The Thin Blue Stressed Line

Stressed-out cops and their wives can't communicate, study finds

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By
HealthDay Reporter

TUESDAY, Dec. 4, 2001 (HealthDayNews) -- Being a cop's wife is nearly as stressful as being a cop. That's why so many marriages of police officers and civilian spouses go south, says a study that measured stress levels of both marital partners.

The study, published in the November issue of The Journal of Marriage and Family, measured body responses like heart rate, sweat gland activity and other stress-related responses of 19 male police officers and their wives over four visits to the lab. The couples also kept a 30-day diary to report marital discord and other stresses. The study concluded that the more stress, the higher the level of marital discord and the more difficulty the couples had carrying on a civil conversation. That inability to communicate was what appeared to be hardest on the marriages.

Nicole Roberts, a University of California at Berkeley doctoral candidate, conducted the study under the supervision of Robert Levenson, director of the Institute of Personality and Social Research. Roberts says both unpleasant and intense events, as well as exhaustion, caused stress in the officers. Worry and anticipation of unpleasant encounters with their spouses caused stress in the wives. "Wives get ready for action, too. They get all revved up to respond to their husbands, and that's not helpful. That means they can't express themselves either," Roberts says.

Roberts says the study found that being tired and being stressed are two different things. While neither is good for a marriage or for health, the wives could deal better with husbands who were tired and grumpy than they could with husbands who were at such high levels of stress they couldn't calm down. "Officers get frozen in a state of stress. They aren't able to manage it, and their wives aren't able to help," Roberts says.

Cedric L. Alexander, a clinical psychologist at the University of Rochester, N.Y., counsels 400 cops a year, most of whom have marital troubles. He also is a 16-year veteran of the Miami-Dade County, Fla., police force. He says police exposed to traumatic events like shootings, stabbings and deadly explosions get numb and cynical, and those attitudes carry over into their relationships.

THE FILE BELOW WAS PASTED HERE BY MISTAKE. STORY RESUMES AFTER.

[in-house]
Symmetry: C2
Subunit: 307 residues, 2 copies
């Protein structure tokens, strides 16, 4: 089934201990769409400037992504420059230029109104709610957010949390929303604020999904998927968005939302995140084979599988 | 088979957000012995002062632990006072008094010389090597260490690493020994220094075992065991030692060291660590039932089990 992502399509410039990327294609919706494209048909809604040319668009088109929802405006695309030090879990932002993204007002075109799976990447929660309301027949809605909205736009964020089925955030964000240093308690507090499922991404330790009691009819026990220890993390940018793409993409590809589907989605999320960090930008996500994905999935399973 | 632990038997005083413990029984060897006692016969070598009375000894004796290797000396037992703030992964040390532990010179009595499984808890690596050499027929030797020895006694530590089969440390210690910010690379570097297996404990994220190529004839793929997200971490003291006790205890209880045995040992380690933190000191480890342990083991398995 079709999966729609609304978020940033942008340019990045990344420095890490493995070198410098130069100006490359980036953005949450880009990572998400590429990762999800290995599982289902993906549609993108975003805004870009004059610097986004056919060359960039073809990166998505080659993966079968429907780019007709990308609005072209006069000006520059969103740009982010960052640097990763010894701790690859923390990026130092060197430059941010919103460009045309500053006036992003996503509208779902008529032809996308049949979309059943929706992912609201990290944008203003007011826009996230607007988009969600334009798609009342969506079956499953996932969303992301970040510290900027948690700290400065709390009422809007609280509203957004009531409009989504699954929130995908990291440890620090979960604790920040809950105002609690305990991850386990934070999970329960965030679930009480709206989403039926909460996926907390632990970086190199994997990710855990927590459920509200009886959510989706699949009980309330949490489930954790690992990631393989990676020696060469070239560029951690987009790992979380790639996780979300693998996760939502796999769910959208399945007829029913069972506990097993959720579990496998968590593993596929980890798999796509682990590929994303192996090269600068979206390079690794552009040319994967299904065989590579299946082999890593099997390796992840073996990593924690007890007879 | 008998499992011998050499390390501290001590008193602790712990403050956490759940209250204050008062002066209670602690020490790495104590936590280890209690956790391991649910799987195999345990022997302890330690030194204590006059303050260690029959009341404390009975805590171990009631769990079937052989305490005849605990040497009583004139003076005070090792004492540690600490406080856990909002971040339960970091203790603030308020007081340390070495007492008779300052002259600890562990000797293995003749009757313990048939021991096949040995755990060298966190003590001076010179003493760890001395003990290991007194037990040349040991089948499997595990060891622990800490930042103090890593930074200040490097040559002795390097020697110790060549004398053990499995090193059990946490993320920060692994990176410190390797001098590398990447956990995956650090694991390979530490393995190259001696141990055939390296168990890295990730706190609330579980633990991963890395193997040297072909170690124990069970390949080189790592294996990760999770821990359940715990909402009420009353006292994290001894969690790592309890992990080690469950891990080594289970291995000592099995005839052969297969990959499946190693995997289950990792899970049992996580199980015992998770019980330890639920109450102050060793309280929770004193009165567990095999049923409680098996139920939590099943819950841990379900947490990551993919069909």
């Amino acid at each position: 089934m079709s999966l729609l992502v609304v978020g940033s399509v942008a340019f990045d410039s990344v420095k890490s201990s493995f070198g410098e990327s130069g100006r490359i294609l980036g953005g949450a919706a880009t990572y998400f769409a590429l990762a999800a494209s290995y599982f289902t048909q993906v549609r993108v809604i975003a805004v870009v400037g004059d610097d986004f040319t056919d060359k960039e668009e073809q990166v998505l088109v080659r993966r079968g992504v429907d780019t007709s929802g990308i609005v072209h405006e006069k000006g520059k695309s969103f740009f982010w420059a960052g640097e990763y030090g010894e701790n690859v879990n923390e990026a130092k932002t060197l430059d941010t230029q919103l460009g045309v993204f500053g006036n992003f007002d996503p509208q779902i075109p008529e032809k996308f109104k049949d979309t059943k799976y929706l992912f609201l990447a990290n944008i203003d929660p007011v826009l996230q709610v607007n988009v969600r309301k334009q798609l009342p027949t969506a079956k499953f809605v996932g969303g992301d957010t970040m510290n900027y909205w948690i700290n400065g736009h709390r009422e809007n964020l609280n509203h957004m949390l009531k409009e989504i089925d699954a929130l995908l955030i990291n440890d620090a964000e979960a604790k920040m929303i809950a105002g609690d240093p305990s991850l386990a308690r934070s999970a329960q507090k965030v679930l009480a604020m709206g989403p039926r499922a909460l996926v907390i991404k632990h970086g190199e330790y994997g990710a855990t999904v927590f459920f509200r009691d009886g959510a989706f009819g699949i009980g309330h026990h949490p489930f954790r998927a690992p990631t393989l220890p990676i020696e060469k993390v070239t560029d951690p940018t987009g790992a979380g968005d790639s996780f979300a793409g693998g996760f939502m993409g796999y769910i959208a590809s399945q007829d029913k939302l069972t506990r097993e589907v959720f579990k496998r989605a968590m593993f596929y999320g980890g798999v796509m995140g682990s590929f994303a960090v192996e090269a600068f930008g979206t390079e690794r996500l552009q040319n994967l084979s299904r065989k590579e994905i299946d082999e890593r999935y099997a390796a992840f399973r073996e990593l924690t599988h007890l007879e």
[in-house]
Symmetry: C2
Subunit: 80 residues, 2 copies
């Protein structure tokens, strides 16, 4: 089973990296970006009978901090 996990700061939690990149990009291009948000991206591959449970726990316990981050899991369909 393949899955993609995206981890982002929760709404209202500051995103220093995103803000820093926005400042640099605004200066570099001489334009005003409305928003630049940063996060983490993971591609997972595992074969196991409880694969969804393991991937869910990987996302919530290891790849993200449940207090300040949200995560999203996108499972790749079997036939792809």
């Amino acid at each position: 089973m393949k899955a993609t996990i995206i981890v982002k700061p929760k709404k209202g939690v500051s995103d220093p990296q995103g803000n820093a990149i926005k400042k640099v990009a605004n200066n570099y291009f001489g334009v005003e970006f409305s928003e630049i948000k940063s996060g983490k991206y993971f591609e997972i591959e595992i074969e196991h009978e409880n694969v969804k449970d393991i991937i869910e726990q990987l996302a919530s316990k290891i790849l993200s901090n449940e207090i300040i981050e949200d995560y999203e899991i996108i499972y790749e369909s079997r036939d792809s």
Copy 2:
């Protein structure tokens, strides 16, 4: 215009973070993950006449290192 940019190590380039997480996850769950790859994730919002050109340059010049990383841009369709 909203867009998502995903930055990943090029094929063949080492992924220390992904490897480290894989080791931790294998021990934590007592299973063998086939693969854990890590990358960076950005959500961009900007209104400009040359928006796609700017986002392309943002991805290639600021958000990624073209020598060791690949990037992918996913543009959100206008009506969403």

"It's a very authoritarian kind of job. You go in under hostile circumstances and take control. The longer you do it, the more controlling and dominating you become, and that gets in the way of relationships with spouses and friends," he says.

To manage the problem, Alexander urges police officers to take care of themselves by exercising and eating well. He also says every police department should have a mental health unit to help its officers -- a place where they can go and talk about family problems and issues and not be fearful that the information will get back to the community or back to superiors. "If an officer just internalizes those stresses and lets them build up, they'll get in the way of his career and his personal life."

Roberts says the study shows that officers with successful marriages work hard at keeping them that way. "They realize that they just can't take each other for granted," she says.

What To Do

If you are an officer, a spouse, a family member or friend, turn to the Thin Blue Line, a law enforcement support site. It offers information and resources about coping with law enforcement-related stress.

Likewise, Heavy Badge provides links to a variety of articles on police stress. It is managed by a counseling center for police on Long Island, N.Y.

Suicide often is associated with unresolved stress. Tears of a Cop is an organization that attempts to help officers contemplating suicide, as well as the families of those troubled police officers.

SOURCES: Interviews with Nicole A. Roberts, M.A. and doctoral candidate, University of California Berkeley; Cedric L. Alexander, Ph.D., department of psychiatry, University of Rochester Medical Center, Rochester, N.Y.; November 2001 Journal of Marriage and Family

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